Β© 2021
background_fid.jpg
In touch with the world ... at home on the High Plains
Play Live Radio
Next Up:
0:00
0:00
Available On Air Stations

Twitter auctioned off office supplies, including a pizza oven and neon bird sign

Twitter is auctioning off office, kitchen and tech supplies from its San Francisco headquarters as its financial struggles continue.
Noah Berger
/
AP
Twitter is auctioning off office, kitchen and tech supplies from its San Francisco headquarters as its financial struggles continue.

Updated January 18, 2023 at 1:35 PM ET

Are you in need of some mid-century modern furniture, industrial kitchen equipment or audio-visual systems? Or looking to brighten up your apartment with a giant neon bird sign?

Then you're in luck. Twitter's San Francisco headquarters auctioned off "surplus corporate office assets" online for a fleeting 27 hours, giving potential lucky bidders the chance to take a piece of the struggling company home with them.

Auction house Global Heritage Partners is running the de facto fire sale, which closed at 10 a.m. PT (1 p.m. ET) on Wednesday and charged a buyer's premium of 18%.

The 631 lots include office supplies like projectors and massive white boards (in both old-school and digital form), kitchen equipment from espresso machines to refrigerators (including a kegerator beer dispenser), a wide variety of chairs and couches and miscellaneous modern-day workplace staples like assorted power adapters and KN95 masks in bulk.

There's also a bit of Twitter-specific memorabilia, including a six-foot-tall "@"-shaped planter sculpture filled with artificial flowers (with a high bid of $8,250), a blue neon sign in the shape of the app's bird logo ($22,500) and a smaller, sturdier bird statue ($20,500).

Other notable items include a pizza oven ($10,000), a conference room-sized booth ($7,250) and several individual soundproof phone booths, packs of high-end desk chairs ($4,900) and sit-stand desks ($900) and two stationary bikes that double as recharging stations ($2,400).

Overall, an eclectic assortment of goods and a jarring sight for those who once used them.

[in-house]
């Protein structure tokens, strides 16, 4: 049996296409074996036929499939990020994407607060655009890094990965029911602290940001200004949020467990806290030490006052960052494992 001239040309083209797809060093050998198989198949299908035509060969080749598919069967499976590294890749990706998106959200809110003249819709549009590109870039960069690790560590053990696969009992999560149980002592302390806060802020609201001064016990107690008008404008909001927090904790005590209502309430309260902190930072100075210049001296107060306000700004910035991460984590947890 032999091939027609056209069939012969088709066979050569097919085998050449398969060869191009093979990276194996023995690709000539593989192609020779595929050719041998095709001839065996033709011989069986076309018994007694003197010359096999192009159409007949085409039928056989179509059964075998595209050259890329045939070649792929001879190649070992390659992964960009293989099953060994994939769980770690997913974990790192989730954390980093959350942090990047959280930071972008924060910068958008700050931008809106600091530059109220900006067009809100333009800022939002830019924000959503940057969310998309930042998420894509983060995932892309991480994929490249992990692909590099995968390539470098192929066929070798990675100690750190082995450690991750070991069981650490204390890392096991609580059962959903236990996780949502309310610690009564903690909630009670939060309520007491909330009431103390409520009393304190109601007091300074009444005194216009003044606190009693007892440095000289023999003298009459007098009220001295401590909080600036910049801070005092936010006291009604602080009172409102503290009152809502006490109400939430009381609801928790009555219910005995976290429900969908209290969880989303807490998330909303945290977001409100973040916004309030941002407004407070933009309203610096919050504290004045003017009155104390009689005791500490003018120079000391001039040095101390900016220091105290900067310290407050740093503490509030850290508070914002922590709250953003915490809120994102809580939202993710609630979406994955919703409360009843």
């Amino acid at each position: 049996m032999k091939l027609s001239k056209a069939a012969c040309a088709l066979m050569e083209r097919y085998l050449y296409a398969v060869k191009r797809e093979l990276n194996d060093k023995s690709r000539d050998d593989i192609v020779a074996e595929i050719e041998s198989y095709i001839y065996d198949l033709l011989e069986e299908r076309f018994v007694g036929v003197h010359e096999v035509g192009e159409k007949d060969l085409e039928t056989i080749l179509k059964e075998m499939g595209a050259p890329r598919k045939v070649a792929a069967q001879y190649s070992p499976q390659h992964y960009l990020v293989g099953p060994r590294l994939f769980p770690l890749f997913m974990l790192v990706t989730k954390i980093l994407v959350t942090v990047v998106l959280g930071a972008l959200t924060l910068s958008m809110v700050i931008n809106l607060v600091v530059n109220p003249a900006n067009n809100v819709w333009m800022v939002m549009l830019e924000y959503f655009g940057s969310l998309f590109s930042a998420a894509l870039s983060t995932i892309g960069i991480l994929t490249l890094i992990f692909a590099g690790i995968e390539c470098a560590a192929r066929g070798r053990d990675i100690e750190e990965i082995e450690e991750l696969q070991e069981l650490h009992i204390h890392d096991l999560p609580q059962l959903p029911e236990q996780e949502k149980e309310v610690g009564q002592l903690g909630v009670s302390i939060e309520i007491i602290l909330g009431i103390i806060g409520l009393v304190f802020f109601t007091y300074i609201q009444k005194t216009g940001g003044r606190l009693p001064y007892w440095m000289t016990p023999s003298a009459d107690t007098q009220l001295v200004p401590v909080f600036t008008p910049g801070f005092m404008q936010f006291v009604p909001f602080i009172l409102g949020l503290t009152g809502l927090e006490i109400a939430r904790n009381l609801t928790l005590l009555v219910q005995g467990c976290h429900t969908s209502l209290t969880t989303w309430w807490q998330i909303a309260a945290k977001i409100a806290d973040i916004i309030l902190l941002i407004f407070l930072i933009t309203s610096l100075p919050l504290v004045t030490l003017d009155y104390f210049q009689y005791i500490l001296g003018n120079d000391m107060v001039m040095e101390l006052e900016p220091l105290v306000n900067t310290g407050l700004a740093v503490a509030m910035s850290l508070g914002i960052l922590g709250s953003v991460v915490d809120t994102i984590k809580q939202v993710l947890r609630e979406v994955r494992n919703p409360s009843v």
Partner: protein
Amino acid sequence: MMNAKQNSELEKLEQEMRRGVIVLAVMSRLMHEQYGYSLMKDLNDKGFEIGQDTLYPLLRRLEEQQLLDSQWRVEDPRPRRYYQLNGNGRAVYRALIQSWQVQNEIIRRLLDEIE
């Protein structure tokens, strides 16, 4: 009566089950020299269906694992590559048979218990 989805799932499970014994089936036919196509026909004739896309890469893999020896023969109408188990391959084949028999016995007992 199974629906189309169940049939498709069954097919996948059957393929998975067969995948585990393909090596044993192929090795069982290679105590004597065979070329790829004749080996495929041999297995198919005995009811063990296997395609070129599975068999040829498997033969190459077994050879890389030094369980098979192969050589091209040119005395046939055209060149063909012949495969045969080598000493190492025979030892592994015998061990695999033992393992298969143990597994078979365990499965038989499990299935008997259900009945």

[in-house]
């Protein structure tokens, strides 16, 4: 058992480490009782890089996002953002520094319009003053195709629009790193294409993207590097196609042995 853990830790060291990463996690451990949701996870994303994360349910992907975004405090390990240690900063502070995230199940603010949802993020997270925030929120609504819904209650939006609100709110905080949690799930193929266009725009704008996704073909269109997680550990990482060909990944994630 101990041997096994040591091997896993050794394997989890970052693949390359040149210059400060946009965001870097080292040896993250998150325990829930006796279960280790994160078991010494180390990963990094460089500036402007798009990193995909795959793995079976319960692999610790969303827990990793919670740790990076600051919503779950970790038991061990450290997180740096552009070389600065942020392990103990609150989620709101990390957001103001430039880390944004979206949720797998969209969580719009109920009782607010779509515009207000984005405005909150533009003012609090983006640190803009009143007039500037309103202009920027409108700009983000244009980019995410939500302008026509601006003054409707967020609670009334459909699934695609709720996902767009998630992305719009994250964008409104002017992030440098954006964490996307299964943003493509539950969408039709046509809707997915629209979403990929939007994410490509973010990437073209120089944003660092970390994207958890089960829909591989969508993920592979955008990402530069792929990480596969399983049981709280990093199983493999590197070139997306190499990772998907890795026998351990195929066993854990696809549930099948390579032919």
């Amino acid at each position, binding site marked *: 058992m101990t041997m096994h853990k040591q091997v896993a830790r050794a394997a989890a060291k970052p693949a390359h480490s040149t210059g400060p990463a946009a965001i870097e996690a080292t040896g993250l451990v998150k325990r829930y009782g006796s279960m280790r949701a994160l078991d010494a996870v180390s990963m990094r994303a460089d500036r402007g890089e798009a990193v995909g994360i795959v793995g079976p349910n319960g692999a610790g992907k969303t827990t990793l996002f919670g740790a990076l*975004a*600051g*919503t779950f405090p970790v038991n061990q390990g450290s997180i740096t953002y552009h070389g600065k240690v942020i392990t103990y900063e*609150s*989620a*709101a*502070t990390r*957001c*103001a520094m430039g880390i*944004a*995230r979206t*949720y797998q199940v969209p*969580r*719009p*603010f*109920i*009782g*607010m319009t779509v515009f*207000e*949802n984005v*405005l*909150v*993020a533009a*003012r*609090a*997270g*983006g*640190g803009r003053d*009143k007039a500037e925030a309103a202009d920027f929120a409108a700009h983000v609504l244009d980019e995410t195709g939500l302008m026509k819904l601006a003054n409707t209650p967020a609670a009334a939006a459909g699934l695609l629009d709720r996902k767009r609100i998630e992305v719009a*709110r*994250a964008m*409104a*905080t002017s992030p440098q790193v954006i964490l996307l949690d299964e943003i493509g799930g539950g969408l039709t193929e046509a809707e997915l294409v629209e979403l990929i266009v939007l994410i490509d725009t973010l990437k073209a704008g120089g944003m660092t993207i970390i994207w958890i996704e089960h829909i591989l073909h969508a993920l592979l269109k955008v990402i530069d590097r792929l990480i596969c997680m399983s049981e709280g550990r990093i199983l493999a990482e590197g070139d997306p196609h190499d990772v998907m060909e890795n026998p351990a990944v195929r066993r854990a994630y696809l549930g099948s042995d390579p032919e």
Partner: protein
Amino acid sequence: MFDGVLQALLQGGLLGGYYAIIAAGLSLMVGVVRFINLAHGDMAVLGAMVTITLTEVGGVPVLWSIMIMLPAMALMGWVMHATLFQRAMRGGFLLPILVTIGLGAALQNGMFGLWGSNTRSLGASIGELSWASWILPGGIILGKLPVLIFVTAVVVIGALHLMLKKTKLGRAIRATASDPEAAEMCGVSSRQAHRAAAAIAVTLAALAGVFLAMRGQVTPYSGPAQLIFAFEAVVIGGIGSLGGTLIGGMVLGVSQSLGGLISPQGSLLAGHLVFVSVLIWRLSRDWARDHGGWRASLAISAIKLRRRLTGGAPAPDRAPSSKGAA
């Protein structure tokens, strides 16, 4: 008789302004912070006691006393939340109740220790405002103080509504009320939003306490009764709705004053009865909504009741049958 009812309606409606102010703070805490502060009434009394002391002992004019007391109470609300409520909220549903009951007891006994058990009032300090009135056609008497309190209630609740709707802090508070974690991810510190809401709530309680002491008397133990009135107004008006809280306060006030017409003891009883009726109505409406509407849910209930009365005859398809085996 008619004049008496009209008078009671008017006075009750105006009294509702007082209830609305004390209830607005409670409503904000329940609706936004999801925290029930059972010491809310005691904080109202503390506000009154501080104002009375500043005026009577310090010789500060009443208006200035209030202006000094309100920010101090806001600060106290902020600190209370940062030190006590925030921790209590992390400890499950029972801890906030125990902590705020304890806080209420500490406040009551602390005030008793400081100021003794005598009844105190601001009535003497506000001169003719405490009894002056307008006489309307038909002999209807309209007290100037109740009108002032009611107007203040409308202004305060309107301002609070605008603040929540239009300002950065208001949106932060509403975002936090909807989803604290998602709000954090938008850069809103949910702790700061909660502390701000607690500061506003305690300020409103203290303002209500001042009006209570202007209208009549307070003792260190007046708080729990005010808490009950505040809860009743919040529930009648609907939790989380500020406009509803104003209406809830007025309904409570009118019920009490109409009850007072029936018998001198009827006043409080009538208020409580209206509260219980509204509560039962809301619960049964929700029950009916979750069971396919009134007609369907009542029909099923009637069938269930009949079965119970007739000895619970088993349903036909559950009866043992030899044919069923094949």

"Weird to see the Twitter office on auction," tweeted Kevin Weil, the company's former senior vice president of product. "Great memories from a different era."

Scott Budman, an NBC News tech and business reporter, pointed out some familiar items: A table where he interviewed former Twitter CEO Jack Dorsey got a bid for $1,000, the espresso machine where former editorial director Karen Wickre offered him coffee is going for $1,700.

"Good luck, I guess," he wrote.

Ross Dove, chief executive of Heritage Global, the parent company of Heritage Global Partners, told the New York Times that more than 20,000 people had registered to bid online β€” the most of any of the firm's auctions over the last 90 years and a fact he attributes to the public's fascination with Twitter and Musk himself. He estimated that the auction would net Twitter some $1.5 million.

The auction comes at a tough time for the company, which lost many major advertisers β€” as well as employees, thanks to layoffs and mass resignations β€” after Elon Musk took over in October and has since sought to aggressively cut costs and raise revenue.

Musk β€” who has announced his plans to resign as CEO β€” said in December that the company was "not, like, in the fast lane to bankruptcy anymore."

Still, its financial outlook remains murky, with the New York Times reporting that same month that Twitter had not paid rent for its San Francisco headquarters or any global offices for weeks and was considering denying people severance payments. Employees have also discussed the possibility of selling usernames to make money, the Times reported last week.

This month, Guinness World Records confirmed that Musk had broken the record for largest amount of money lost by one individual. He lost between $180 billion and $200 billion since November 2021, largely due to the poor performance of Tesla stocks in recent years.

Musk remains the second-richest person in the world and, as of this week, is on trial for securities fraud over a series of 2018 tweets teasing a Tesla buyout that never happened.

Copyright 2023 NPR. To see more, visit https://www.npr.org.

Rachel Treisman (she/her) is a writer and editor for the Morning Edition live blog, which she helped launch in early 2021.